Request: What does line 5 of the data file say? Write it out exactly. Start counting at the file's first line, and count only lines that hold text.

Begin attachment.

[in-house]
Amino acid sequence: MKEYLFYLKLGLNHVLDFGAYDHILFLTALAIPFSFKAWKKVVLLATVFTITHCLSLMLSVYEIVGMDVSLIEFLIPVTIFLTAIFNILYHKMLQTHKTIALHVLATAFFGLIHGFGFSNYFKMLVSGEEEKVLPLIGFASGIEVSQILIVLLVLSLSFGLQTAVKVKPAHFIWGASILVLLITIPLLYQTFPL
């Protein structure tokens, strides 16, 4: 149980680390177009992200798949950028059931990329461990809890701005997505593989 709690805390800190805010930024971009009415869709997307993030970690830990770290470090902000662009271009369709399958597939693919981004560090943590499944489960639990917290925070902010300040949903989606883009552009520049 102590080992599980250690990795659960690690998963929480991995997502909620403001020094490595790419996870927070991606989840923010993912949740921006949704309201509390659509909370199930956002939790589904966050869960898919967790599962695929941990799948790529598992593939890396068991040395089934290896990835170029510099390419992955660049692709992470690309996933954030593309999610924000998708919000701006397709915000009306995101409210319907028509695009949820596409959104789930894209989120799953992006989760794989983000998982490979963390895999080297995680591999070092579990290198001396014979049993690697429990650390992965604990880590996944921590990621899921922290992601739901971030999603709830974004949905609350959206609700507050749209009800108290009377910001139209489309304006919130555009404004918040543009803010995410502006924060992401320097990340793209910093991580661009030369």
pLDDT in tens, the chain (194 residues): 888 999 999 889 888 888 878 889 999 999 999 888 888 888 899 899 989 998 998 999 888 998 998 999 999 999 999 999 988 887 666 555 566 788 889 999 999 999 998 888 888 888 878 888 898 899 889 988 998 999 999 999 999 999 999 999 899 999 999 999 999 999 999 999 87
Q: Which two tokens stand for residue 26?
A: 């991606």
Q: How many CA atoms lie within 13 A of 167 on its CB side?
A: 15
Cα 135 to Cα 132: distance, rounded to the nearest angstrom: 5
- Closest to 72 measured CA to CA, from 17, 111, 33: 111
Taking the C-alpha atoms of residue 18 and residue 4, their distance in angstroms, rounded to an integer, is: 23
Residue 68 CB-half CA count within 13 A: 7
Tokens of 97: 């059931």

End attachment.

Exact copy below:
Q: Which two tokens stand for residue 26?